Many health system leaders have been keenly watching developments in Bundled Payments for Care Improvement (BPCI), an initiative from the Center for Medicare and Medicaid Innovation that will reimburse whole episodes of care at a single price.
BPCI initially invited applicants to propose their own bundles, including which clinical conditions, post-acute services, and post-discharge periods would be covered. But in September, CMMI changed course and instead provided a limited set of standardized bundles that providers can choose to pursue.
Reactions across the industry
We have heard mixed reactions from applicants about these changes. One hospital executive we spoke with recently felt that Medicare had “pulled the rug out” from under them: his institution had gone to significant effort and expense to design bundles, only to have CMMI ultimately mandate its own set of bundles available to providers.
Many other health system leaders we have spoken with have been more reserved, having expected that CMMI would standardize bundles in the interest of operational feasibility. Our anecdotal sense is that most candidate awardees will proceed with BPCI as long as the price targets that CMMI proposes are close to what they expect.
CMMI rolling out details
Over the past few months, CMMI has been announcing new details about the rules for BPCI through a series of webconferences. Yesterday’s call brought some new and, in our view, significant updates to the program—many of which will likely please participating providers.
Much to its credit, CMMI seems to be responding to concerns from providers that the new direction of the BPCI initiative exposes them to greater risk and does not allow sufficient time to analyze data before determining whether to proceed. CMMI continues to seek provider input on pricing and operational mechanics, which have not yet been finalized.
CMMI announces trial period, limited-risk option for bundled payments
David Clain and Josh Gray
Over the last few weeks, the Center for Medicare and Medicaid Innovation (CMMI) has shaken up its approach to the Bundled Payments for Care Improvement (BPCI) initiative. The initiative will significantly expand the number of health systems around the country that are reimbursed through bundled payments, which combine various hospital and physician services at a single price.
Initially, CMMI invited BPCI applicants to propose clinical conditions for bundling, with significant latitude to define the length of a bundle episode and the post-acute services included. But more recently, CMMI has announced that it will limit provider flexibility in order to reduce the administrative complexity. Rather than pursue the bundles they had proposed, participants in the BPCI initiative must now choose from CMMI’s limited set of bundles.
The 48 bundles CMMI has defined include a total of 180 DRGs, which account for about 70% of annual Medicare spending. Many of the bundles cover cardiac, orthopedic, and spinal procedures, which in our experience were frequently proposed by applicants. Fully half of the bundles cover medical conditions, which were not included in Medicare’s earlier Acute Care Episode (ACE) Demonstration or in most of the commercial initiatives we are familiar with.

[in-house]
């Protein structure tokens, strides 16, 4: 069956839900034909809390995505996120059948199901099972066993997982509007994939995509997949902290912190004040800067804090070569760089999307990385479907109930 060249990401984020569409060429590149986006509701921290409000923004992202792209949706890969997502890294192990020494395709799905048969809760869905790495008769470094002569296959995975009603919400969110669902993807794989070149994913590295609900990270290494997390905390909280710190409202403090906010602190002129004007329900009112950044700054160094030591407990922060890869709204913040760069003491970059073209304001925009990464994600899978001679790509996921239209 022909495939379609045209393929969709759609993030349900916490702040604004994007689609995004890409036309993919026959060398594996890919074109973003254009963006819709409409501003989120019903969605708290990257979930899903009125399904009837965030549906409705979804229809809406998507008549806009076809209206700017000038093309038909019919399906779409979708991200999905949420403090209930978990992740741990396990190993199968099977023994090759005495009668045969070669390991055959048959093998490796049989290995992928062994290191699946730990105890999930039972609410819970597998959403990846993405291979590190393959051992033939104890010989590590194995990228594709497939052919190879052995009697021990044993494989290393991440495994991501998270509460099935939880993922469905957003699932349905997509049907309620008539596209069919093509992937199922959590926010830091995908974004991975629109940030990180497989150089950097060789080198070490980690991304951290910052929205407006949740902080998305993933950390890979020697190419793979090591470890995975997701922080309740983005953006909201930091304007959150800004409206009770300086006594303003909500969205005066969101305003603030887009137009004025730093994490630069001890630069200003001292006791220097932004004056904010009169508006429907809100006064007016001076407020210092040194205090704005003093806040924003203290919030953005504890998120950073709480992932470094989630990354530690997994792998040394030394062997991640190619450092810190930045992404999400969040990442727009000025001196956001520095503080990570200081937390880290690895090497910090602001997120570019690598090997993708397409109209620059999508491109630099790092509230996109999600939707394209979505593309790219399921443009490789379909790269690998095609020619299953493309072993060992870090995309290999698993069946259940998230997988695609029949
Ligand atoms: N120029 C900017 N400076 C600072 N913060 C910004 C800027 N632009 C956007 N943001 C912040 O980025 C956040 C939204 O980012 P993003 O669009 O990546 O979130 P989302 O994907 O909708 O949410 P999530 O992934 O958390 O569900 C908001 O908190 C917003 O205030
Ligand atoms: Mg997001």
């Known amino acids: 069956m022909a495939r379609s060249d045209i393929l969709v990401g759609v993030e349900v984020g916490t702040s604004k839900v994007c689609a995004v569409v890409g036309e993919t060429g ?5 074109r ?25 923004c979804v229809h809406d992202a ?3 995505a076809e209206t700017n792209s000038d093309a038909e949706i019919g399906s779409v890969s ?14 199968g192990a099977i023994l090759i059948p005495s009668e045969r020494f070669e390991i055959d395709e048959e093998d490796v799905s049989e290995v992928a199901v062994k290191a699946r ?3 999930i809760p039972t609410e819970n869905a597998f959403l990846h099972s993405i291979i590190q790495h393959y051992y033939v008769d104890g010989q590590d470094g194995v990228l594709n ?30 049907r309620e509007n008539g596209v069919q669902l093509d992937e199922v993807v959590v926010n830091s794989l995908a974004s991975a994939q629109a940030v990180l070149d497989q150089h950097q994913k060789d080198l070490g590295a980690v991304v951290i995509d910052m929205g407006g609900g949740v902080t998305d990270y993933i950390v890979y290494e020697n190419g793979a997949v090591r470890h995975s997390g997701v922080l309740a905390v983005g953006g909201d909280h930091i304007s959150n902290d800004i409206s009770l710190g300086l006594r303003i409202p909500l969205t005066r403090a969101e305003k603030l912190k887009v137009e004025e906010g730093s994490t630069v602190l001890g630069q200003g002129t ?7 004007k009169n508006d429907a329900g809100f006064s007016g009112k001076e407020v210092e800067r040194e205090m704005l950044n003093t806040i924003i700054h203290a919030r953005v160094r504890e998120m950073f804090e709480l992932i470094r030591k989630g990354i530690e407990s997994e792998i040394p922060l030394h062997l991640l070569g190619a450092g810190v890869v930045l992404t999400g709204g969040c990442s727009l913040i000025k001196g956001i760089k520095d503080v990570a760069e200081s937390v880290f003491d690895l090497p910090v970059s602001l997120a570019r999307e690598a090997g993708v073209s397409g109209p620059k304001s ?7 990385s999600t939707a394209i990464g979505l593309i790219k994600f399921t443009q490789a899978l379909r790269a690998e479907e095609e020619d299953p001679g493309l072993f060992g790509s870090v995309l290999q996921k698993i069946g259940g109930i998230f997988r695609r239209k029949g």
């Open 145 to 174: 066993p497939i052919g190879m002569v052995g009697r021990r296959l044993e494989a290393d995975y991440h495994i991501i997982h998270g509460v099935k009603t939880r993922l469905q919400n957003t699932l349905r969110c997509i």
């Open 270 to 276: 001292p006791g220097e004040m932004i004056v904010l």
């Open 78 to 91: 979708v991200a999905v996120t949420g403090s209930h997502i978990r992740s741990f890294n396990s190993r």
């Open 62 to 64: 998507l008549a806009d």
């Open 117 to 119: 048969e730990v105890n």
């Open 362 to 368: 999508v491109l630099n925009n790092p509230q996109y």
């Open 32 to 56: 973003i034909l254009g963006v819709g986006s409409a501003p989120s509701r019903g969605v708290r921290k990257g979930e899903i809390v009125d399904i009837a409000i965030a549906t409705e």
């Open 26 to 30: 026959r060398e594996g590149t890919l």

During a Financial Leadership Council webconference last week—which included executives from health systems participating in BPCI or pursuing commercial bundled payment arrangements—we asked a series of survey questions about which conditions these health system leaders expect to bundle.
Most providers anticipate offering cardiac and orthopedic surgical bundles, which were included (with positive results for cost and quality) in the ACE Demonstration. Many providers anticipate offering bundles for spinal procedures, which they believe offer opportunities for reduced clinical and cost variation. A majority of providers in our survey plan to offer medical bundles as well, typically for cardiology and pulmonology.
We believe this interest in testing bundled payment more broadly is an encouraging sign. Medicare has made clear that bundled payment is a central part of its strategy to improve patient outcomes while reducing cost growth, and a large-scale rollout of bundled payment across many service lines is essential to determining how effectively it can serve those goals.
Charting a new course for bundled payment? More medicine, new service lines on the horizon
Josh Gray, Managing Director, Financial Leadership Council
Brett Erhardt, Dedicated Advisor, Performance Technologies
Over the last two weeks, the Center for Medicare and Medicaid Innovation (CMMI) has notified select applicants for the Bundled Payment for Care Improvement (BPCI) initiative that they passed the Center's technical review process. However, for some applicants, this good news has been tempered by an unanticipated curveball.
Here's the catch
BPCI applicants had previously been invited to essentially design their own proposed bundles, selecting the DRGs to be covered, the relevant time period (hospitalization only or hospitalization plus 30+ days of post-acute care), and related ICD-9 codes to be included in the bundles for post-discharge care.
In preparing their applications, many providers invested considerable time—like the several we spoke with who incurred six-figure consulting expenses to help them conduct rigorous financial modeling in what is essentially uncharted territory.
For other providers, the standardization of bundles will be welcome. Some applicants we have heard from feared that they did not have adequate resources to design their own bundles, and so the standardization from CMMI—along with the additional pricing guidance the Center will provide—will be helpful.
Reactions to a curveball on bundled payment